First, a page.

The contention that the court committed reversible error in permitting the admission of two letters signed by Eugene Bernstein in explanation of one of the charts has no merit. Bernstein was an accountant employed to represent defendant. During the course of the investigation he wrote one letter (dated February 3, 1955), on the letterhead of his accountant's firm, with reference to the holdings of defendant and his wife. He wrote a similar letter on the letterhead of defendant's attorneys in which his name is listed as tax counsel, giving similar information with reference to the transactions between defendant and The Jameson Construction Company. These statements from attorney and tax counsel are plainly competent.
Counsel for both parties failed to observe our rule as to preparation of briefs and appendices, Rule 16(e), 28 U.S.C.A. The Dun & Bradstreet reports and the bank statements particularly relied on were not printed in either appendix. Numerous items of testimony were referred to without page citations. This imposes an unnecessary burden on the court. Continued disregard of the rule in this respect may, in the future, call for reprimand, as well as an order postponing hearing and requiring reprinting of the appendices.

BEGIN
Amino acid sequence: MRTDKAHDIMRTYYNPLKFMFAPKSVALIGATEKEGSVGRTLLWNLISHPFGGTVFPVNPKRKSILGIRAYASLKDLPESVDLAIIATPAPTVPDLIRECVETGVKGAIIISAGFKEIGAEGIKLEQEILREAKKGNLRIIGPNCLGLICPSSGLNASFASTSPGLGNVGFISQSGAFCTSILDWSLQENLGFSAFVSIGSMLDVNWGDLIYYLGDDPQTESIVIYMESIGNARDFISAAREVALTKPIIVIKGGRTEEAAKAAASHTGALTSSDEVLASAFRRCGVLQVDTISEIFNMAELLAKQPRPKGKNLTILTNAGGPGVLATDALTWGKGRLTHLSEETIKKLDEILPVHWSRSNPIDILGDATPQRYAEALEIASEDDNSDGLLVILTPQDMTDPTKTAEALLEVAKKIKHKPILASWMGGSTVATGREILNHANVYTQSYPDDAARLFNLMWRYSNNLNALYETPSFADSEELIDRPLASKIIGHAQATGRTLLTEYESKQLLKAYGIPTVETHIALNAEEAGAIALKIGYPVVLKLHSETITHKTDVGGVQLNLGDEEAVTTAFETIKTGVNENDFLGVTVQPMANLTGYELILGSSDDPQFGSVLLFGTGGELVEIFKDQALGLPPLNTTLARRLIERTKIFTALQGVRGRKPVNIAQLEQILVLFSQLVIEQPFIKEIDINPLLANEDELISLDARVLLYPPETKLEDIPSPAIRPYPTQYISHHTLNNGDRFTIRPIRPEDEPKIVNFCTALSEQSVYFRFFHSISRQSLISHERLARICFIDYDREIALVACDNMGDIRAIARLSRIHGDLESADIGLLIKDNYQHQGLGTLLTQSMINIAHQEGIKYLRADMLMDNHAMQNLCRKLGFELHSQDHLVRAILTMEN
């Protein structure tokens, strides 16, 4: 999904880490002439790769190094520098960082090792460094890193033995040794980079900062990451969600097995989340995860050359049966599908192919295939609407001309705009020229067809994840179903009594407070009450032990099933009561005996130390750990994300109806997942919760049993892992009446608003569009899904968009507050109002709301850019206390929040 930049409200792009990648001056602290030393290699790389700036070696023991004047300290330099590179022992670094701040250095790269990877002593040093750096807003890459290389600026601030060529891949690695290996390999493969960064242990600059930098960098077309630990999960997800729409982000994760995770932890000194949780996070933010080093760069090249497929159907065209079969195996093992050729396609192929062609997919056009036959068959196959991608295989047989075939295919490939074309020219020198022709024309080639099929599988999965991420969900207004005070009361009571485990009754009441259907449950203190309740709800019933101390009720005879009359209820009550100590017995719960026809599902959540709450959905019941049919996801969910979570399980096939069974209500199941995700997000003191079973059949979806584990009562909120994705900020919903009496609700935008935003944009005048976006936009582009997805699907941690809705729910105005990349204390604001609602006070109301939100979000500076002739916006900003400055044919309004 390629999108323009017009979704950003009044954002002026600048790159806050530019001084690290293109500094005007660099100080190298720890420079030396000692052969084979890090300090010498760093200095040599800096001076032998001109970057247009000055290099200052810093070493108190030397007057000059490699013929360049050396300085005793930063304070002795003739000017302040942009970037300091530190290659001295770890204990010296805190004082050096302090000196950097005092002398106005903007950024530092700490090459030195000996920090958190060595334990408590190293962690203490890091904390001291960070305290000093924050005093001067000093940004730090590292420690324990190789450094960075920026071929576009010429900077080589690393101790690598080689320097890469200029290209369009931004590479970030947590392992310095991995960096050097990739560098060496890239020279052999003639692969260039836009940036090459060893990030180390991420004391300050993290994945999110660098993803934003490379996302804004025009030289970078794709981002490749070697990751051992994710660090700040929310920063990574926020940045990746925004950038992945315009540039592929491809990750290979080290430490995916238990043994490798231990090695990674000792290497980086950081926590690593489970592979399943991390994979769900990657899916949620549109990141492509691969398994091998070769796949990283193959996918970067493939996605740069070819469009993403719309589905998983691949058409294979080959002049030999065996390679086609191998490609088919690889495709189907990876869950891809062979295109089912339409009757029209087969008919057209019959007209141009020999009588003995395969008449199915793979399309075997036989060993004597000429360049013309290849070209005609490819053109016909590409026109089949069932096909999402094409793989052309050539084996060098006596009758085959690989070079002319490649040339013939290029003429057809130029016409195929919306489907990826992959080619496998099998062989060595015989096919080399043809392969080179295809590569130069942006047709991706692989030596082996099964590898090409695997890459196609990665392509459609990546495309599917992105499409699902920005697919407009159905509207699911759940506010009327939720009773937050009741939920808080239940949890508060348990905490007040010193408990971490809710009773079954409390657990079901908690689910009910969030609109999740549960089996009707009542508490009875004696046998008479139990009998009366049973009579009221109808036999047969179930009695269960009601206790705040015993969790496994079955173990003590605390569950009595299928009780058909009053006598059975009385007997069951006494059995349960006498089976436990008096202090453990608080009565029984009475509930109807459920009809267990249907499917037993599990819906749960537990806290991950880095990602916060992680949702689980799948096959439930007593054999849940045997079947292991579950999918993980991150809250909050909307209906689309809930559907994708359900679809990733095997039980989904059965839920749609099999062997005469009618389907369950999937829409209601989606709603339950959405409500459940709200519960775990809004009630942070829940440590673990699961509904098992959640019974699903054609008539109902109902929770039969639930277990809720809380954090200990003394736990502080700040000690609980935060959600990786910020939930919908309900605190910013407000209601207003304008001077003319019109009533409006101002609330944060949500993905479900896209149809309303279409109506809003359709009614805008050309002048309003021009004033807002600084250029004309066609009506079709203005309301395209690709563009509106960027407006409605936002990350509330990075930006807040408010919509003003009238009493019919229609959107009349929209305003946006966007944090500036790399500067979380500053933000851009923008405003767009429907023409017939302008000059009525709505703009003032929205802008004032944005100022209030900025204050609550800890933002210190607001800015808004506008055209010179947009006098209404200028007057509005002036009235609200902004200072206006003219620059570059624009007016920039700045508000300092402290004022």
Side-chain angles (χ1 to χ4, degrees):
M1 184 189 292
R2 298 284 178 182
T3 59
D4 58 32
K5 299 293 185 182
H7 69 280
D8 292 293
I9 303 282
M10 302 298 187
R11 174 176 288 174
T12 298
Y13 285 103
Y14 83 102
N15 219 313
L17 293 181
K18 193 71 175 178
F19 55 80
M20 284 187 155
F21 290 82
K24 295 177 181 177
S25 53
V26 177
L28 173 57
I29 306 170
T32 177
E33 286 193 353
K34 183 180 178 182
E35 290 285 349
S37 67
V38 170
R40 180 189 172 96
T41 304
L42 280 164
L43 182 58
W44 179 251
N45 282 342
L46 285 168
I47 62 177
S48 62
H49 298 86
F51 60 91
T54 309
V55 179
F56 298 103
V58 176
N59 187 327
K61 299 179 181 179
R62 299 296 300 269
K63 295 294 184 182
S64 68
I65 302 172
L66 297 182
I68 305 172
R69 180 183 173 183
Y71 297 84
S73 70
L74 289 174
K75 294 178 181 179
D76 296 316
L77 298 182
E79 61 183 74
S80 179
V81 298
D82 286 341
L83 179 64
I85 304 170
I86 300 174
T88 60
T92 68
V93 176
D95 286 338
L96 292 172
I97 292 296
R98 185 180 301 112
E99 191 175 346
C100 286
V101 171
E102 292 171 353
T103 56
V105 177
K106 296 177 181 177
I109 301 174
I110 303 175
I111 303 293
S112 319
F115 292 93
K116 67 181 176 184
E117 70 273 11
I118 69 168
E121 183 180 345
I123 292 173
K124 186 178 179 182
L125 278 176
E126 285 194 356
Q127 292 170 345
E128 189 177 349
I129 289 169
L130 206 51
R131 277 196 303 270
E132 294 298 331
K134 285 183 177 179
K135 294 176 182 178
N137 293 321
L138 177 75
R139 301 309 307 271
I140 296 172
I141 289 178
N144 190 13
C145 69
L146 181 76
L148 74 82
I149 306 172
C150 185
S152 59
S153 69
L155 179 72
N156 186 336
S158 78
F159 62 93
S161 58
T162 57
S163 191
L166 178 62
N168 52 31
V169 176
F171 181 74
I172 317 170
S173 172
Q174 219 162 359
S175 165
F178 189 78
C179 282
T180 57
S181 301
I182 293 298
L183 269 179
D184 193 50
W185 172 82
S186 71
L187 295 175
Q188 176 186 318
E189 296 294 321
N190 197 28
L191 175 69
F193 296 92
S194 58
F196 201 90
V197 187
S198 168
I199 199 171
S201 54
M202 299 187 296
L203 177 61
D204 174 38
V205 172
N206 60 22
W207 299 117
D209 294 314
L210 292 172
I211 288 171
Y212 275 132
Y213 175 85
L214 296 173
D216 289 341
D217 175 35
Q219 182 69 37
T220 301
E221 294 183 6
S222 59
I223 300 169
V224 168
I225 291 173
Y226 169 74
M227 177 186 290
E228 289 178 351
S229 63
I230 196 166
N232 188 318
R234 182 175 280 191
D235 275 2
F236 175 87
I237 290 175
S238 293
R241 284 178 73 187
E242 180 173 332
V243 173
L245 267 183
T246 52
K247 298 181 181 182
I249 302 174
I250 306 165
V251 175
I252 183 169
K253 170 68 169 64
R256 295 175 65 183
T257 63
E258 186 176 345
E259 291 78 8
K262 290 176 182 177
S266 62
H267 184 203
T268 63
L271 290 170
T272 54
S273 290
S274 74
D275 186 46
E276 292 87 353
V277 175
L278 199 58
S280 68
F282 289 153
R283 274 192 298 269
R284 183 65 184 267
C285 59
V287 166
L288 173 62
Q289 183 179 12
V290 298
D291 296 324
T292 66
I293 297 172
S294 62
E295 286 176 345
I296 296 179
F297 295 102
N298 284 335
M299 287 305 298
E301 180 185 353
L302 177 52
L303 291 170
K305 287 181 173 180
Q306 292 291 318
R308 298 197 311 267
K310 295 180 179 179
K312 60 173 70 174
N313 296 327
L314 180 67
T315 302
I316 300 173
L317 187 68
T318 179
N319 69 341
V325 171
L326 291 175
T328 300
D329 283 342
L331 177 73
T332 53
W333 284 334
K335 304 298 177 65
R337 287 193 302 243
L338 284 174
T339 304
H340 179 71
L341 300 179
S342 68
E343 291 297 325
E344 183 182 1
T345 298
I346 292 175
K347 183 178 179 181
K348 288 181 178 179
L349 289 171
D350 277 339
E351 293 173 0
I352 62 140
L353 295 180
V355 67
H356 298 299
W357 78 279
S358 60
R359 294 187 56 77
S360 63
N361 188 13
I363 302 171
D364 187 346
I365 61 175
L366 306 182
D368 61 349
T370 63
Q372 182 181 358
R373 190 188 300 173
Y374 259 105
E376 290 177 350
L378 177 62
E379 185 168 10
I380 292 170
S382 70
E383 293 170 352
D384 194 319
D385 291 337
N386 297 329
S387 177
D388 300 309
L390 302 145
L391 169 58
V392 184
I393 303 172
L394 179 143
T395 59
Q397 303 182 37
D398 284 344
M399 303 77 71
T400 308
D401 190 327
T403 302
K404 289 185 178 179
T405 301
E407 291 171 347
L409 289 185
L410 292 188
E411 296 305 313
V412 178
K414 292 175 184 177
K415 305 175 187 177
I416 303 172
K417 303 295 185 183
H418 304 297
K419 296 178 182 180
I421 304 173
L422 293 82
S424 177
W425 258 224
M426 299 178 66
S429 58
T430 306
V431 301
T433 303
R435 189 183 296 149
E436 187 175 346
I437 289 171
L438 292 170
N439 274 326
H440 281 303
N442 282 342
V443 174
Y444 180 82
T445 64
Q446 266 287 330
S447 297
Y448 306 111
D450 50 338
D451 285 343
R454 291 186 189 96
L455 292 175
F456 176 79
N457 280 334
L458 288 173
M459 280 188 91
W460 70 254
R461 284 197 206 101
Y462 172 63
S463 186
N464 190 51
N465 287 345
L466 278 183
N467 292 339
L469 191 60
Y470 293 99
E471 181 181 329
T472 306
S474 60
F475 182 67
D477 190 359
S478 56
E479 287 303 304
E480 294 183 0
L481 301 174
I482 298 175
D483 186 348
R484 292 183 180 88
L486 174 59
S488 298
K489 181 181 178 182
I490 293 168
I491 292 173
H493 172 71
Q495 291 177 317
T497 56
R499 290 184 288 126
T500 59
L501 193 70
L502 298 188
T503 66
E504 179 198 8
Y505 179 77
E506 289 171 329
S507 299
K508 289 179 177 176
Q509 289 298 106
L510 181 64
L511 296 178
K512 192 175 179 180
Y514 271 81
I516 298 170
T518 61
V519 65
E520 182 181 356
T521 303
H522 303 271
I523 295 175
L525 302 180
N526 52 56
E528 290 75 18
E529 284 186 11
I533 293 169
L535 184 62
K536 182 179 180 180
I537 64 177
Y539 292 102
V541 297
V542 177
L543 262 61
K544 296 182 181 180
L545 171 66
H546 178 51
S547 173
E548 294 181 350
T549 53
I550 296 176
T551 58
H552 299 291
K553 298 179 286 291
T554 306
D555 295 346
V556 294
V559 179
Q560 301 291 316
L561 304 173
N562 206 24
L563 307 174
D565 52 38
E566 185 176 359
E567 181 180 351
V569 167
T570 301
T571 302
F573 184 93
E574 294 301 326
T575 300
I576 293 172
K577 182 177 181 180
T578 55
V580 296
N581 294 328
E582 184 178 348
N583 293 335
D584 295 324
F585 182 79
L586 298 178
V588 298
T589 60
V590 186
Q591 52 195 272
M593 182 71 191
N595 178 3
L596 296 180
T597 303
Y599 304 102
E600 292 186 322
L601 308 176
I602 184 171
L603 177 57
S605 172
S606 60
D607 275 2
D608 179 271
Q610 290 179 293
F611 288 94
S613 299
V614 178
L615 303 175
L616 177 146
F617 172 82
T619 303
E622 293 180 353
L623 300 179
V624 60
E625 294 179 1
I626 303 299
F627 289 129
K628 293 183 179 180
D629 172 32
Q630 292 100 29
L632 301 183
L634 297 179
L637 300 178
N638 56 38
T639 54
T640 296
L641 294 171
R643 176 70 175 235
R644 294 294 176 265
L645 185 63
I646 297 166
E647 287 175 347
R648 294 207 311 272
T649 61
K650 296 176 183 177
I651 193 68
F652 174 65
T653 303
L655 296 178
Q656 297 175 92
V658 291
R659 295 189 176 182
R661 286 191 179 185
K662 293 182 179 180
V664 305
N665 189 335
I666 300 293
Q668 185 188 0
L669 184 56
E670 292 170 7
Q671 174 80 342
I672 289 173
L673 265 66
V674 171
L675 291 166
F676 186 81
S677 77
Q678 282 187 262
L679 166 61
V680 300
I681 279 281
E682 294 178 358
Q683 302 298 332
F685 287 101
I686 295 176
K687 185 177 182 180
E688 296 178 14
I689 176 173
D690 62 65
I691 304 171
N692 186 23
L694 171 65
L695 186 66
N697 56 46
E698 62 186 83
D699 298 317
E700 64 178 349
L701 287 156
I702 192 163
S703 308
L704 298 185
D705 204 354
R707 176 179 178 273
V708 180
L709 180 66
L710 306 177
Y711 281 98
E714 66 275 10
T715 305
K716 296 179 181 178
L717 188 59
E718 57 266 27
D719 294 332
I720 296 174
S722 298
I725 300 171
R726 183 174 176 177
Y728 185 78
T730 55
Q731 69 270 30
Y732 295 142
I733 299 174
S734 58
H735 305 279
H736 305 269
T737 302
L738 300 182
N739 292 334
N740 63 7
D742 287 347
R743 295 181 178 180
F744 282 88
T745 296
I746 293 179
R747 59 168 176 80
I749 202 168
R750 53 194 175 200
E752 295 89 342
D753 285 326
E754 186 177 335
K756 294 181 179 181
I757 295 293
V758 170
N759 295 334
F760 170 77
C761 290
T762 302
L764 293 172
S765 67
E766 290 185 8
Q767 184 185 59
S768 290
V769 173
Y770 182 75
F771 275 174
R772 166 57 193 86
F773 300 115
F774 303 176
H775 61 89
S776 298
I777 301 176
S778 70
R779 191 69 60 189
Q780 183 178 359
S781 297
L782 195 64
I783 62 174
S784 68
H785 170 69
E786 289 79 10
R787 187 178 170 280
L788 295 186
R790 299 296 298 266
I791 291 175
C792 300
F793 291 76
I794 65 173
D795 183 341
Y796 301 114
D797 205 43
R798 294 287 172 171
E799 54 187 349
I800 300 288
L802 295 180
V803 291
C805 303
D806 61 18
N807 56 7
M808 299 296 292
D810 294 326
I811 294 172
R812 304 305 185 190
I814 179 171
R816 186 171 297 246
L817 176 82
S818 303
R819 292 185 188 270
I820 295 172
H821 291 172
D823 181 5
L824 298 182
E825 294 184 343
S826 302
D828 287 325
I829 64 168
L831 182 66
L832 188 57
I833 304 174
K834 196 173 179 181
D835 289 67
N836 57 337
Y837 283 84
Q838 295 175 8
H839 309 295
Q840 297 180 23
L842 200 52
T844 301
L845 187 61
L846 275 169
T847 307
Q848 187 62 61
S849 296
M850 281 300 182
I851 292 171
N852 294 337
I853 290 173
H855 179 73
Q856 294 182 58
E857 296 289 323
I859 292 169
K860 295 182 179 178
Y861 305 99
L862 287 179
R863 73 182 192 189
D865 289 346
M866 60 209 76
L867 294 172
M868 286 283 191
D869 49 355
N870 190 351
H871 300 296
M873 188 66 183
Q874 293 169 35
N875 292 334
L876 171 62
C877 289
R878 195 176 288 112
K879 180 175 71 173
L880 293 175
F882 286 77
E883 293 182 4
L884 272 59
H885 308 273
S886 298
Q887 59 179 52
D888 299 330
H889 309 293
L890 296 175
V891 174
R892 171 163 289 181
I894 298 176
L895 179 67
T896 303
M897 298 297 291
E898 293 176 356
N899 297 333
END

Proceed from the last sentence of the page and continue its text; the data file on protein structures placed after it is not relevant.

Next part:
No reversible error appearing, the judgment of the District Court is affirmed.
The appellant will be denominated as in the court below
The itemized expenditures as figured by Norris are as follows:
1949-1952 Business Investments ......... $127,464.65 Real Estate .................. 106,966.93 Living Expenses .............. 49,869.54 Federal Income Tax ........... 22,900.17 Life Insurance ............... 9,448.84 Stocks & Bonds ............... 18,139.53 Servants' Salary ............. 10,411.00 Automobiles .................. 5,183.43 Increase Bank Balance ........ 7,850.45 Paid Loans, etc. ............. 9,757.95 Capital Loss ................. 959.56 ___________ Total .................. $368,951.85